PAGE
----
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Inicio Medicina Clínica (English Edition) Hypovitaminosis C in the context of the COVID-19 pandemic
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Vol. 162. Issue 1.
Pages 39-40 (January 2024)
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Vol. 162. Issue 1.
Pages 39-40 (January 2024)
Scientific letter
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Hypovitaminosis C in the context of the COVID-19 pandemic
Hipovitaminosis C en el contexto de la pandemia COVID-19
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Alicia Sayésa, Miguel Sogbeb,c,
Corresponding author
msogbe@unav.es

Corresponding author.
, Félix Alegreb,c
a Pulmonary Medicine Department, Clínica Universidad de Navarra, Pamplona, Spain
b Internal Medicine, Clínica Universidad de Navarra, Pamplona, Spain
c Liver Unit, Clínica Universidad de Navarra, Pamplona, Spain
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Dear Editor,

The COVID-19 pandemic has far-reaching consequences, some of which are only now coming to light. Beyond the physical effects of the disease, there are also biopsychosocial impacts, including depression and social isolation resulting from fear of infection.

The purpose of this letter to the editor is to report a case of scurvy that occurred in the context of the COVID-19 pandemic.

A 65-year-old male with a past medical history of bilateral retinal detachments leading to blindness, as well as obsessive-compulsive disorder, presented to our hospital with fatigue and ecchymoses in the abdomen, persisting for one month. These areas correlate with the chafing zone of the belt and underpants. He denied any family history of bleeding or hematologic disease. Following the COVID-19 pandemic, the patient experienced social isolation and remained without leaving home for several months. The patient adopted a diet primarily composed of food ordered from the supermarket and consumed at home. This diet consisted of rice, chickpeas, peanuts, chocolate milk, and cheese. The patient reported no intake of fruits and vegetables.

On physical examination, oral cavity examination revealed no abnormalities. Ecchymosis in the inferior abdomen and right groin were evident. Laboratory findings showed hemoglobin of 10.4g/dL, a mean corpuscular volume of 92.4fL, platelets 189×109/L, and a white blood cell count of 3.8×109/L. Coagulation and platelet function assays yielded normal results, and the peripheral smear did not reveal any significant findings.

Considering the clinical presentation with diffuse superficial ecchymoses and the patient's dietary history, a diagnosis of hypovitaminosis C was suspected. Scurvy was confirmed by a reduced serum vitamin C level (0.3mg/dL, normal range: 0.4–2mg/dL). Other nutritional deficiencies were observed, including low levels of zinc, vitamin D, and vitamin A.

To address the condition, oral vitamin C was initiated at a dose of 1g once daily, accompanied by nutritional education and correction of other deficiencies. Subsequently, the ecchymosis resolved within a few days after commencing vitamin C supplementation.

Humans are among the rare vertebrates that do not synthesize vitamin C. The only source of vitamin C is diet. Hypovitaminosis C may be secondary to lack of intake, decreased absorption, and increased demand (such as oxidative states, like smoking and alcohol consumption). The total body pool of vitamin C is 1500mg, and clinical manifestations of scurvy occur when this pool is reduced to less than 350mg. Vitamin C must be eliminated from the diet for 60–90 days to reach such a low level. The Food and Drug Administration recently increased the recommended dietary allowance for vitamin C to 75mg daily for women and 90mg daily for men. For example, a single orange contains 50mg of vitamin C. Scurvy is uncommon today, although specific populations remain at risk. At-risk groups include people experiencing poverty (because of reduced access to groceries), psychiatric disorders (e.g., depression, schizophrenia, or anorexia), and individuals with purported allergies to multiple fruits and vegetables. Alcoholic persons represent one of the largest groups at risk for scurvy because they may have poorly balanced diets. Vitamin C contributes to soft tissue maintenance through collagen synthesis and elastic fiber stabilization. Hypovitaminosis C produces blood vessel fragility and poor wound healing, classifying scurvy as a disease of soft tissue. The diagnosis of scurvy is generally based on dietary history and clinical features such as gingival bleeding, perifollicular hemorrhage, follicular hyperkeratosis with corkscrew hairs, and blood vessel fragility (which manifests as ecchymoses). A rapid resolution of signs and symptoms is seen after vitamin supplementation. Laboratory investigations may be necessary to confirm less typical cases.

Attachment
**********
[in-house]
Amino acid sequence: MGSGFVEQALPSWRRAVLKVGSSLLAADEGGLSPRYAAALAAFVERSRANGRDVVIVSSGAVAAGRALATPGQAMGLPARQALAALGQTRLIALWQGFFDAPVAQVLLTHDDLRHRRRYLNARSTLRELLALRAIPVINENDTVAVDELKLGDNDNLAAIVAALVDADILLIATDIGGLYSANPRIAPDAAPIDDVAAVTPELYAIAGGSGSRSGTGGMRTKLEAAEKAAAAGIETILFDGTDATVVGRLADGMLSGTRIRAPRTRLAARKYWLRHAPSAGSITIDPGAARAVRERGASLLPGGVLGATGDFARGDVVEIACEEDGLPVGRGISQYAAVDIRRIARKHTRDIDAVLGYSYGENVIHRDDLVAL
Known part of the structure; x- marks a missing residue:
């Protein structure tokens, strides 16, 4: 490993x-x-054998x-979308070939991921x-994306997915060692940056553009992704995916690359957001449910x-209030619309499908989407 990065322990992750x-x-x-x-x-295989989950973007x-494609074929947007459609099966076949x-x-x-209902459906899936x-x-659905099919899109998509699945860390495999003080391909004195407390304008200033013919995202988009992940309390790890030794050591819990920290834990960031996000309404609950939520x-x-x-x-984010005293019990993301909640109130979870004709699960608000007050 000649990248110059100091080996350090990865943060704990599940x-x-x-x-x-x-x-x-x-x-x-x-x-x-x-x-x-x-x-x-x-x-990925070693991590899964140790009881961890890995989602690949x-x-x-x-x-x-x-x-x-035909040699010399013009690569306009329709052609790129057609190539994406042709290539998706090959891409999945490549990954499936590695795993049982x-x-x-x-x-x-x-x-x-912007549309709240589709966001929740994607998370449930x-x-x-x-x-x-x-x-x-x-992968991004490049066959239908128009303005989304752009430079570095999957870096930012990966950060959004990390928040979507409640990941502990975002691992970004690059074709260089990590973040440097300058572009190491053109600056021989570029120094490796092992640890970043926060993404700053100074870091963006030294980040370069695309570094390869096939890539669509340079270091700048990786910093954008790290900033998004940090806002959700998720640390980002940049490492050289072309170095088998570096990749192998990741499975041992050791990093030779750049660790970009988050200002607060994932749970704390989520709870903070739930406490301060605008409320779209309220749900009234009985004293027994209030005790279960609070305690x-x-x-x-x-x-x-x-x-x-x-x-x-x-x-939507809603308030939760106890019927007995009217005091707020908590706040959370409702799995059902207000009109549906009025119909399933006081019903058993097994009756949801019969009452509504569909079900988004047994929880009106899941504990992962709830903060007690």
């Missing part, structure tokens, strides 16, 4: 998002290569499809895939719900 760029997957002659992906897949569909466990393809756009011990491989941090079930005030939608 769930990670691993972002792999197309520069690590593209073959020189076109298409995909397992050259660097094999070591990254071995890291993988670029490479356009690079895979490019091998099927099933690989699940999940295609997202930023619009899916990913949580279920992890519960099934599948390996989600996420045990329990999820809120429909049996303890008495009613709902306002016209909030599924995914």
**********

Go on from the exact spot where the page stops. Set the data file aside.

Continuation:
The COVID-19 pandemic can produce psychological disorders that can lead to social isolation. Social isolation, when occurring in people with pre-existing physical and psychiatric comorbidities, can cause changes in diet, bringing back old diseases such as scurvy.

A literature search was performed looking for case reports of scurvy in the context of the COVID-19 pandemic out between 2020 and 2023 in the following database: MEDLINE on PubMed. Study retrieval was performed by using “scurvy”, as free text words combined with “COVID19”, and “pandemic”.

This is the second case of scurvy reported during COVID-19 pandemic. The previous case involved a 28-year-old male patient who developed scurvy due to increased alcohol consumption and a diet primarily consisting of meat (sausage, chicken, burgers) and eggs.

Ethical considerations

Written informed consent was obtained.

Funding

None declared.

Conflicts of interest

None declared.

Copyright © 2023. Elsevier España, S.L.U.. All rights reserved
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